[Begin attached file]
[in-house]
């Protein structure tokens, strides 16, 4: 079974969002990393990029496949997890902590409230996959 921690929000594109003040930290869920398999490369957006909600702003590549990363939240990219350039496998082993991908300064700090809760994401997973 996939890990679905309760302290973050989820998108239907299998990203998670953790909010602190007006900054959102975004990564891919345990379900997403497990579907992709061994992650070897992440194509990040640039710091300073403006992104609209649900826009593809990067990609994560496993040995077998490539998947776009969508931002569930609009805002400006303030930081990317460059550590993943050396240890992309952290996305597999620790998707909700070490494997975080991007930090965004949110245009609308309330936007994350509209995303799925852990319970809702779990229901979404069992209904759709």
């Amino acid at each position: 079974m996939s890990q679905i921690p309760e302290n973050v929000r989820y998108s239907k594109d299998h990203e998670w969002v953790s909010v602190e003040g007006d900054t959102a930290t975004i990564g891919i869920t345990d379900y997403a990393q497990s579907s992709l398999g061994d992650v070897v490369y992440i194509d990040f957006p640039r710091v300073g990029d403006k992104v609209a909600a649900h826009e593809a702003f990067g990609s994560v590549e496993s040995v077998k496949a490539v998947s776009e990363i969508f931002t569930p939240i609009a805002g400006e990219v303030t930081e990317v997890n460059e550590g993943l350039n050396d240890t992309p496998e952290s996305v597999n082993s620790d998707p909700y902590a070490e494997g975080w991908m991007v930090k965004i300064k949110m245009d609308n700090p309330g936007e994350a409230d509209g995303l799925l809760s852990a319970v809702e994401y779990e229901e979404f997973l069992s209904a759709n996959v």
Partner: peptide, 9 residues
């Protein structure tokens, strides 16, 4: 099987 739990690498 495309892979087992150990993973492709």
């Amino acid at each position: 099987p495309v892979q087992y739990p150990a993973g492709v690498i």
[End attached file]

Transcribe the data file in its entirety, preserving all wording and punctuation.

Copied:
[in-house]
């Protein structure tokens, strides 16, 4: 079974969002990393990029496949997890902590409230996959 921690929000594109003040930290869920398999490369957006909600702003590549990363939240990219350039496998082993991908300064700090809760994401997973 996939890990679905309760302290973050989820998108239907299998990203998670953790909010602190007006900054959102975004990564891919345990379900997403497990579907992709061994992650070897992440194509990040640039710091300073403006992104609209649900826009593809990067990609994560496993040995077998490539998947776009969508931002569930609009805002400006303030930081990317460059550590993943050396240890992309952290996305597999620790998707909700070490494997975080991007930090965004949110245009609308309330936007994350509209995303799925852990319970809702779990229901979404069992209904759709």
């Amino acid at each position: 079974m996939s890990q679905i921690p309760e302290n973050v929000r989820y998108s239907k594109d299998h990203e998670w969002v953790s909010v602190e003040g007006d900054t959102a930290t975004i990564g891919i869920t345990d379900y997403a990393q497990s579907s992709l398999g061994d992650v070897v490369y992440i194509d990040f957006p640039r710091v300073g990029d403006k992104v609209a909600a649900h826009e593809a702003f990067g990609s994560v590549e496993s040995v077998k496949a490539v998947s776009e990363i969508f931002t569930p939240i609009a805002g400006e990219v303030t930081e990317v997890n460059e550590g993943l350039n050396d240890t992309p496998e952290s996305v597999n082993s620790d998707p909700y902590a070490e494997g975080w991908m991007v930090k965004i300064k949110m245009d609308n700090p309330g936007e994350a409230d509209g995303l799925l809760s852990a319970v809702e994401y779990e229901e979404f997973l069992s209904a759709n996959v």
Partner: peptide, 9 residues
């Protein structure tokens, strides 16, 4: 099987 739990690498 495309892979087992150990993973492709």
């Amino acid at each position: 099987p495309v892979q087992y739990p150990a993973g492709v690498i």